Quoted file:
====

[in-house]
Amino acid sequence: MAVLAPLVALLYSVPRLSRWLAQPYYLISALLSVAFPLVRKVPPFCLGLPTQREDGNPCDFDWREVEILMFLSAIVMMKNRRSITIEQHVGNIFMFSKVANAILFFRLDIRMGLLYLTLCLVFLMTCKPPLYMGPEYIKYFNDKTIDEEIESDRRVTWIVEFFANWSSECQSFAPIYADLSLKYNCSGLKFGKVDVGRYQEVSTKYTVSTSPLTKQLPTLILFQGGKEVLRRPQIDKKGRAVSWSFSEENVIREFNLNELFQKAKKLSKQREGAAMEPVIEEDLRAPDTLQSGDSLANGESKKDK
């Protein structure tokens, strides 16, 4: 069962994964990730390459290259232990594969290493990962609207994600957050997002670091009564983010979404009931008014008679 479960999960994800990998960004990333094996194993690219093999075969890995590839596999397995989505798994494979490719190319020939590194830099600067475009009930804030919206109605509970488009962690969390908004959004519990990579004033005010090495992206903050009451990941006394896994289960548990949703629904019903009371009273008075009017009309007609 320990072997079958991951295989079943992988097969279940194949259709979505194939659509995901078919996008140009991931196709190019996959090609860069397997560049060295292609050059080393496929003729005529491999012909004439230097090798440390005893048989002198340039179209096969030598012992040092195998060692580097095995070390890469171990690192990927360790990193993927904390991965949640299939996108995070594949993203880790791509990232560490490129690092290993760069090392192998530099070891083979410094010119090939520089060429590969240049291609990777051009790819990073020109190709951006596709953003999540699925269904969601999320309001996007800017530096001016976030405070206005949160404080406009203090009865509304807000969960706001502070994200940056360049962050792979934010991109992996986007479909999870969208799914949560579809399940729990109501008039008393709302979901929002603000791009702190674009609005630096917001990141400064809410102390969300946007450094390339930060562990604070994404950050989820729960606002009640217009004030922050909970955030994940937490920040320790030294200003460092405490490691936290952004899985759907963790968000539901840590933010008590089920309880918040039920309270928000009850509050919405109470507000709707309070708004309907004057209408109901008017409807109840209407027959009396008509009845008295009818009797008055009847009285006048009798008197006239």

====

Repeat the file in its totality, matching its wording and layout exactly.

[in-house]
Amino acid sequence: MAVLAPLVALLYSVPRLSRWLAQPYYLISALLSVAFPLVRKVPPFCLGLPTQREDGNPCDFDWREVEILMFLSAIVMMKNRRSITIEQHVGNIFMFSKVANAILFFRLDIRMGLLYLTLCLVFLMTCKPPLYMGPEYIKYFNDKTIDEEIESDRRVTWIVEFFANWSSECQSFAPIYADLSLKYNCSGLKFGKVDVGRYQEVSTKYTVSTSPLTKQLPTLILFQGGKEVLRRPQIDKKGRAVSWSFSEENVIREFNLNELFQKAKKLSKQREGAAMEPVIEEDLRAPDTLQSGDSLANGESKKDK
């Protein structure tokens, strides 16, 4: 069962994964990730390459290259232990594969290493990962609207994600957050997002670091009564983010979404009931008014008679 479960999960994800990998960004990333094996194993690219093999075969890995590839596999397995989505798994494979490719190319020939590194830099600067475009009930804030919206109605509970488009962690969390908004959004519990990579004033005010090495992206903050009451990941006394896994289960548990949703629904019903009371009273008075009017009309007609 320990072997079958991951295989079943992988097969279940194949259709979505194939659509995901078919996008140009991931196709190019996959090609860069397997560049060295292609050059080393496929003729005529491999012909004439230097090798440390005893048989002198340039179209096969030598012992040092195998060692580097095995070390890469171990690192990927360790990193993927904390991965949640299939996108995070594949993203880790791509990232560490490129690092290993760069090392192998530099070891083979410094010119090939520089060429590969240049291609990777051009790819990073020109190709951006596709953003999540699925269904969601999320309001996007800017530096001016976030405070206005949160404080406009203090009865509304807000969960706001502070994200940056360049962050792979934010991109992996986007479909999870969208799914949560579809399940729990109501008039008393709302979901929002603000791009702190674009609005630096917001990141400064809410102390969300946007450094390339930060562990604070994404950050989820729960606002009640217009004030922050909970955030994940937490920040320790030294200003460092405490490691936290952004899985759907963790968000539901840590933010008590089920309880918040039920309270928000009850509050919405109470507000709707309070708004309907004057209408109901008017409807109840209407027959009396008509009845008295009818009797008055009847009285006048009798008197006239």